West Theatre Gives Us the Old Razzle Dazzle


Photo by Blake Noble

The Spring musical Chicago brought song, dance, and jazz back to West’s newly renovated auditorium from Thursday April 20th to Saturday April 22nd. In spite of some innate controversy around the show’s more adult themes, this production wowed audiences thanks to the hard work of the performers and crew. 

Chicago follows Roxie Hart (Alexa Dutca) as she tries to get away with murder with the help of her cunning lawyer Billy Flynn (Charlie Lettenberger), sassy and corrupt warden Matron “Mama” Morton (Gabriella Knap), unwitting husband Amos Hart (Henry Tatarunas), and fellow murderess Velma Kelly (Emma Wargin) while the city looks on in fascination. 

Ms. Wargin opened the show with All That Jazz against a blood red backdrop with a textured powerhouse voice and cool confidence. Ms. Dutca wowed with her clear and soulful singing, portraying Roxie’s vindictive ego with swagger and an upbeat vibrato. Her chemistry with Ms.Wargin’s Velma was playful and competitive, and when they sang their duets, their voice’s beauty and raw emotion could send shivers up anyone’s spine. Together, their dazzling voices and committed dynamic acting drove the show.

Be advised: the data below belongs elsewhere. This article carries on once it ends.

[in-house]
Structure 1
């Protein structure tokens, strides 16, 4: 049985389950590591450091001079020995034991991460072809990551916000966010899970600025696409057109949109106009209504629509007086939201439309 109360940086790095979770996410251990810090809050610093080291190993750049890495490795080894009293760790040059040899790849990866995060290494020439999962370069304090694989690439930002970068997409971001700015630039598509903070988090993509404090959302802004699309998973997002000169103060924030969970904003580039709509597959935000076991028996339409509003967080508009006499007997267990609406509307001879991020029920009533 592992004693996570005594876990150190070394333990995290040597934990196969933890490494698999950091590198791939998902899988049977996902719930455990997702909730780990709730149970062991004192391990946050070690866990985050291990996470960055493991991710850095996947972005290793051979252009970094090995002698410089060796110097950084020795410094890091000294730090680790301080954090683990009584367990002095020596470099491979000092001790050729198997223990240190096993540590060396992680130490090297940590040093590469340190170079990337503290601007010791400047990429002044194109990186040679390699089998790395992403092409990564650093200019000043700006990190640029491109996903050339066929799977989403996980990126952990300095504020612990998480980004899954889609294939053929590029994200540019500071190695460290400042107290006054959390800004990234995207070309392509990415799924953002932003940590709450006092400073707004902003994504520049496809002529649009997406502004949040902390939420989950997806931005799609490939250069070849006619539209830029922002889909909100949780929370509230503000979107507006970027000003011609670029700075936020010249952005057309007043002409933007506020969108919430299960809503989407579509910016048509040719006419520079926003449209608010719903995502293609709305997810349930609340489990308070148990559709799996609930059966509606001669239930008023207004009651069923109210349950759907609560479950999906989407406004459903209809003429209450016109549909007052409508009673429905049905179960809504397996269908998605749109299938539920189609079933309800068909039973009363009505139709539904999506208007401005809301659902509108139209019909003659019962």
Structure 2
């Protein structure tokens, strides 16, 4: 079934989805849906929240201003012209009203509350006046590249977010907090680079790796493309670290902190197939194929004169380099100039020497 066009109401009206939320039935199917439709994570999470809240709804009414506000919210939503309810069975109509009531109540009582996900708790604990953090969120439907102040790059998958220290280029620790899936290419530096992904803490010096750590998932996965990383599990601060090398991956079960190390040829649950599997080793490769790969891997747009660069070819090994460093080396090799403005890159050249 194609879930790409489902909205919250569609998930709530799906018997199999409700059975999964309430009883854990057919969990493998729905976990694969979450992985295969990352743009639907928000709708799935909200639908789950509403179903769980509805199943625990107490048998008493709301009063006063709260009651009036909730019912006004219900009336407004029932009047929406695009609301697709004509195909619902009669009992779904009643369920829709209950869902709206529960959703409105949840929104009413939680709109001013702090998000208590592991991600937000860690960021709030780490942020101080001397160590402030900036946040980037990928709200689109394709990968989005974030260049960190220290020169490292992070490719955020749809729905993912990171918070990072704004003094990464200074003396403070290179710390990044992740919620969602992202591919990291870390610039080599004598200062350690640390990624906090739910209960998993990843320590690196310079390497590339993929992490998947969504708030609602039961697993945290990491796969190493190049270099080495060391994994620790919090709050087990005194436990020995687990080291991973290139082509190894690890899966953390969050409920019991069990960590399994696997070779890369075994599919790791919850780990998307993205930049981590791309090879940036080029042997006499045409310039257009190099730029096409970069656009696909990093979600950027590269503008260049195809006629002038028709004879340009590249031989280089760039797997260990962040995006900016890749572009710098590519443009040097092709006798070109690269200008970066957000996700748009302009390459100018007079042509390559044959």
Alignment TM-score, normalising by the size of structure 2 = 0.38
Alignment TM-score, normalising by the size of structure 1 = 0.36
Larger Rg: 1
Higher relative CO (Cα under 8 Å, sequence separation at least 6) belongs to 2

Ms. Knapp began her first song as the warden of murderess row in the audience with her fiery alto, as she made her way through the audience to belt out the rest of her number in the multi-storied jailhouse on stage. 

As the charismatic Billy Flynn, Mr. Lettenberger used his suave vocals, smooth talking, and his incredibly bedazzled and well-coordinated backup dancers to convince the city of Roxie’s innocence. The windy city’s journalists, including the overtly positive and operatic Mary Sunshine (Viv Winter), are swayed by all the razzle dazzle with wide-eyed fervor.

Mr. Tatarunas played Roxie’s simple lovesick husband and took a seemingly small role and milked it for everything it was worth. He had excellent dramatic chemistry with Roxie and did a marvelous job with his song Mr. Cellophane, bringing in laughs and sympathy for the poor man. 

The show was supported by a large ensemble that even took over the stage at times. Most were enthusiastic and on point with the choreography, but understandably ran out of breath during the more demanding numbers. 

This Broadway classic does not come without controversy as the show draws from vaudeville and burlesque to explore some mature themes. Although this was the teen version, it retained some innuendo and swearing that raised some audience members’ eyebrows. 

Elements of the show’s original choreography by Bob Fosse remained, but a fair amount was altered to keep everything appropriate. This is a reasonable approach, but the iconic song Cell Block Tango felt like it was missing something without its characteristic chair choreography.  

Overall, this year’s musical is one of the best West Theatre has put on in years, despite the prospect of such a famous and inherently demanding production. With such a fun atmosphere, sharp vocals, and terrific performances, who says that murder’s not an art?